Three Questions to Answer That'll Improve Your Mood
Small setbacks, fatigue, or even a dull routine can sabotage your hopes. They also tend to set off a chain of negative thoughts. An easy way to regain balance is by asking yourself a few key questions.
The function of these questions is to refocus your thinking. They allow you to adopt a more positive and proactive perspective. Therefore, you’ll improve your mood without having to resort to any more complex actions.
Another valuable aspect of these key questions is that they are, so to speak, timeless. This means you can ask them at different times in your life and they’ll always provide you with new and encouraging answers. So, what are those questions that you can turn to when you feel down?
“Your capacity to notice and label your emotions in granular ways is an important psychological skill that promotes resilience and will enhance the benefits you get from astute observation of yourself and the world around you.”
1. What worked out better than you expected?
This is one of the key questions worth asking when you’re feeling down to improve your mood. It doesn’t mean seeking great achievements or extraordinary milestones. You simply want to find some of those small everyday miracles that you tend to overlook.
For example, perhaps you thought that a certain task would take you a long time, but it didn’t. Or, you thought that to achieve a particular goal, you were going to have to use a lot of resources, but this wasn’t the case.
Just find a couple of examples of these small actions that exceeded your expectations. On occasions, it might even be enough to reach the end of a difficult day without things getting any worse. Bear it in mind.
2. How has nature captured your attention today?
The second question invites you to look at your environment. More specifically, to look at the natural elements you probably come across every day without really thinking about them. But, nature provides you with a serene, generous, and universal sense of satisfaction. It’s a shame to waste it.
Once you start looking, you’ll probably soon be able to identify a good number of extraordinary elements around you. For instance, look at the huge sky and appreciate the very atmosphere that makes life possible. Study a beautifully intricate tree that’s been growing for an age. Or, look at an animal that represents the different ways in which the universe manifests itself. There’s so much evidence around you that existence is extraordinary.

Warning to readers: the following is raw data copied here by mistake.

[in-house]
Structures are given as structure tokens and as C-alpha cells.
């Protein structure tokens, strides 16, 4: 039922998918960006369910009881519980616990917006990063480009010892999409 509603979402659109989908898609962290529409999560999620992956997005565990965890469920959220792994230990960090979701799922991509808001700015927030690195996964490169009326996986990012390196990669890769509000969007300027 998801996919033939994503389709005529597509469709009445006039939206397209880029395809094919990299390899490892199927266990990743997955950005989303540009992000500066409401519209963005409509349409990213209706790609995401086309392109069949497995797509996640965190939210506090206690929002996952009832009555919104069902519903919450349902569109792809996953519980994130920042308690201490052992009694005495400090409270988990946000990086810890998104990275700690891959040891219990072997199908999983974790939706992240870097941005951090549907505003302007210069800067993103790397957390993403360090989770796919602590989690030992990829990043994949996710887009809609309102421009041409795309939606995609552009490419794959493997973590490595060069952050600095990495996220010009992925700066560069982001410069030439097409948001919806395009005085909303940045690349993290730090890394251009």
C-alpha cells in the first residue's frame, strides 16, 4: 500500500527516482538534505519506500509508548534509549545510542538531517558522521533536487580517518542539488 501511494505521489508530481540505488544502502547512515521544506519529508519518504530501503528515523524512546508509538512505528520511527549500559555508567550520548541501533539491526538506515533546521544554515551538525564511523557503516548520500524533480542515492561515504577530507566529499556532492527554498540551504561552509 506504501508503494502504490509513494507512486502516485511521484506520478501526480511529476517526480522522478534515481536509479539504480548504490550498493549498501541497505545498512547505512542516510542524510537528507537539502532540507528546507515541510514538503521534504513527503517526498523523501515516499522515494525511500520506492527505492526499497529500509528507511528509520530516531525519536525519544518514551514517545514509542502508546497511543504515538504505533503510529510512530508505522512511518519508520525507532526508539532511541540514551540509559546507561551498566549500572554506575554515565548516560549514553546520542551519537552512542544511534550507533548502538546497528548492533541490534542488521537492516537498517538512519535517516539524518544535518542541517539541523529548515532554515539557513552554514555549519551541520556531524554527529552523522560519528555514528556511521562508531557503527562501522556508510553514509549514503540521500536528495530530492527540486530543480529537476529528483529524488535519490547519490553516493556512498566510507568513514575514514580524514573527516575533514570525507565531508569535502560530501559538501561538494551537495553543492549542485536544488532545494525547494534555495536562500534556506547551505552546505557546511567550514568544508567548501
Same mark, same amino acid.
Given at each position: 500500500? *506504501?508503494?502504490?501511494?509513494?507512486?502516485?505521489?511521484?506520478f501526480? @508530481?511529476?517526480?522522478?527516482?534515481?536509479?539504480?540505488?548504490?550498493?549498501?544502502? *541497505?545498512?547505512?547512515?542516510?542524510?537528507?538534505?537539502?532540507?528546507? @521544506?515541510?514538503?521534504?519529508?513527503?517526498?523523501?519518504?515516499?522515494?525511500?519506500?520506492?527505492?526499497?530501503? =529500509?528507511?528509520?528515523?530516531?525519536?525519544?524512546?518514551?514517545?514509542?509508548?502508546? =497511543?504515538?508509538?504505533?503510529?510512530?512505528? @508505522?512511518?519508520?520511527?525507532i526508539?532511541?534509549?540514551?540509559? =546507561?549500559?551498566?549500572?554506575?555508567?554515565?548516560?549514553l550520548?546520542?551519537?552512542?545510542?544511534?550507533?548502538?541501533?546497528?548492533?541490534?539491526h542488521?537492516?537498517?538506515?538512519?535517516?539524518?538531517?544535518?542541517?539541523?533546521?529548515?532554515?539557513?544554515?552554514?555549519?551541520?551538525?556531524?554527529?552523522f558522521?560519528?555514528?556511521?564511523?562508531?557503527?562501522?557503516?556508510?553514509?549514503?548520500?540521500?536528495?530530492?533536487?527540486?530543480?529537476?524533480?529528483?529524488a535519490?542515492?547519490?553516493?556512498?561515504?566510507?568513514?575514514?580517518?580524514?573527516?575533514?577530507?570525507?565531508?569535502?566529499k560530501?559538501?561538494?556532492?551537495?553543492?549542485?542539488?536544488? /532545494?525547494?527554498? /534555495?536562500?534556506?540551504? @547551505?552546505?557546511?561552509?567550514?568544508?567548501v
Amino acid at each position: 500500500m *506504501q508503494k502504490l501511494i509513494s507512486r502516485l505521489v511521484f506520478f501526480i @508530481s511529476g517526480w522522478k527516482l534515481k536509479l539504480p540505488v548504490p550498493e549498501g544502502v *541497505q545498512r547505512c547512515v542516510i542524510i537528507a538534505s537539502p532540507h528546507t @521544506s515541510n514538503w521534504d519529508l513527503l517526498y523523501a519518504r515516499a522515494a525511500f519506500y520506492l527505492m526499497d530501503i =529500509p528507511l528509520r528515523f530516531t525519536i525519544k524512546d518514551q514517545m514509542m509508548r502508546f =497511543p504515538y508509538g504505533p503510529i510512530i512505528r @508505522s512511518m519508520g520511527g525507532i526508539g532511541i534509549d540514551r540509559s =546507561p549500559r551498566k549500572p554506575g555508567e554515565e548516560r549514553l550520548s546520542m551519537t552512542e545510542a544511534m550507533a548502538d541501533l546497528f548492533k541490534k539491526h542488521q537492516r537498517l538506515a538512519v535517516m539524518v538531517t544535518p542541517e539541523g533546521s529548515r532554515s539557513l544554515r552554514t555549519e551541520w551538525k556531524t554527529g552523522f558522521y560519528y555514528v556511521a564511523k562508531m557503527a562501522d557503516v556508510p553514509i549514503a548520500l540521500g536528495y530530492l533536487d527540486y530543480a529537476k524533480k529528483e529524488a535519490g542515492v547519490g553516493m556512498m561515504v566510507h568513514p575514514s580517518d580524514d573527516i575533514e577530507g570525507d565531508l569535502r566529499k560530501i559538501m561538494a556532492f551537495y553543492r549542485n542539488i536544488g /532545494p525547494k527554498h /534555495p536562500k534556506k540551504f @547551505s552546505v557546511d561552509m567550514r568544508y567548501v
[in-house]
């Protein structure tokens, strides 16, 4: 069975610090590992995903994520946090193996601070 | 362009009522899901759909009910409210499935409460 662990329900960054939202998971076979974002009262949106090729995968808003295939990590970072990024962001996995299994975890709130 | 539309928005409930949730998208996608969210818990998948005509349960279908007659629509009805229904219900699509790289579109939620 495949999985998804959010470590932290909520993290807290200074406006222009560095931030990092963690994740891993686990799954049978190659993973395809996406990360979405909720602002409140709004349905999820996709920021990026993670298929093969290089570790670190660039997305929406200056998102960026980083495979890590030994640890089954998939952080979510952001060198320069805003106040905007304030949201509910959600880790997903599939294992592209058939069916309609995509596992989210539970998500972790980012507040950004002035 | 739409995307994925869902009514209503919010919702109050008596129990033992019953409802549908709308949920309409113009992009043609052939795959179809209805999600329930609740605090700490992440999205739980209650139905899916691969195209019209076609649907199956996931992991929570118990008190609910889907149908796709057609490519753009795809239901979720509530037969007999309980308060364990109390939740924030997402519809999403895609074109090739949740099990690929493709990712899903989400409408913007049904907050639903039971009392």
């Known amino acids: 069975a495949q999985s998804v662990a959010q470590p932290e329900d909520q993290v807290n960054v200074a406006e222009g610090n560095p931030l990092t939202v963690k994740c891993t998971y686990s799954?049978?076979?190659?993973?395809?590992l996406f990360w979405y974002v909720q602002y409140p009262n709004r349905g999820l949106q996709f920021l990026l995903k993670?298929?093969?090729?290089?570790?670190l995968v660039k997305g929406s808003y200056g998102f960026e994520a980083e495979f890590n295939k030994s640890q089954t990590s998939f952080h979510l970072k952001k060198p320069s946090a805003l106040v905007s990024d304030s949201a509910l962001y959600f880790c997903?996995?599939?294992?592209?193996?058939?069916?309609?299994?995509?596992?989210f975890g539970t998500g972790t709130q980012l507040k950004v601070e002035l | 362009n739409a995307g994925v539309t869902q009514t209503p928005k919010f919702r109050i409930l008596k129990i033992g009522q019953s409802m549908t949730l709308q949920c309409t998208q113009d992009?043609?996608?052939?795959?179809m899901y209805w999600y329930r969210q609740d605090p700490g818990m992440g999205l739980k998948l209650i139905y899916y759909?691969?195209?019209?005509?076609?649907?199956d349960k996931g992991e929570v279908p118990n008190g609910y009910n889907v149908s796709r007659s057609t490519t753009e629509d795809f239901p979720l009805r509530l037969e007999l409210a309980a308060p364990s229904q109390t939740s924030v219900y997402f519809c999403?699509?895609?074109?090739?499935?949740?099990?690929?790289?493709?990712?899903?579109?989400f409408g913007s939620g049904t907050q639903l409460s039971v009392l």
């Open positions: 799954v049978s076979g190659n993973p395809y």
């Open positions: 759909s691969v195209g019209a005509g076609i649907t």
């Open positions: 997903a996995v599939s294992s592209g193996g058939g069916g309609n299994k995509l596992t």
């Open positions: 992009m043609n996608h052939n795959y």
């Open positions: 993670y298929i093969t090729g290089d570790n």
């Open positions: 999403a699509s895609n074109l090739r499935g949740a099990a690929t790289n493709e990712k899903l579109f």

Moreover, contemplating nature feeds your feelings of inner peace. Therefore, it’s a good idea to visit a park, garden, or any space full of natural elements when you feel low or you’re going through one of those moments when you feel oblivious to the beautiful world around you.
3. Who are you missing?
The third of the key questions to improve your mood concerns thinking of those people who are special to you but, for some reason, you don’t see every day. They’re usually friends or relatives with whom you’ve had a really close relationship in the past. People who left you with pleasant memories but with whom you don’t maintain frequent communication.
In effect, simply thinking about these people will help you feel better. Indeed, it helps to remember that affectionate relationships enrich your life and transcend time. After all, you’re certain that, if you seek them out, they’ll be delighted to hear from you. It’s an excellent way of improving your mood.
Within this group, there may be people you only know superficially, but who left you with the feeling that you wanted to know more about them and meet them again. You also got the impression that the feeling was mutual and that it might be a really good idea to find a way of meeting or talking to them.
These three key questions to help improve your mood are easy options that you can turn to at any time. They’ll make you realize that the mere fact of carrying out the self-reflection they propose is a way of changing your gloomy perspective to a more encouraging one.It might interest you...
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Pasca, L., & Aragonés, J. I. (2021). Contacto con la Naturaleza: Favoreciendo la Conectividad con la Naturaleza y el Bienestar. CES Psicología, 14(1), 100-111.
Martín, I. E., & Caldera, M. I. F. (2014). La dificultad de llegar a acuerdos en las relaciones humanas: del control del ego a la paz interior. Revista INFAD de Psicología. International Journal of Developmental and Educational Psychology., 1(1), 535-540.
Greenberger, D., & Padesky, C. (1998). Control de tu Estado de Ánimo. Paidos Iberica, Ediciones S. A..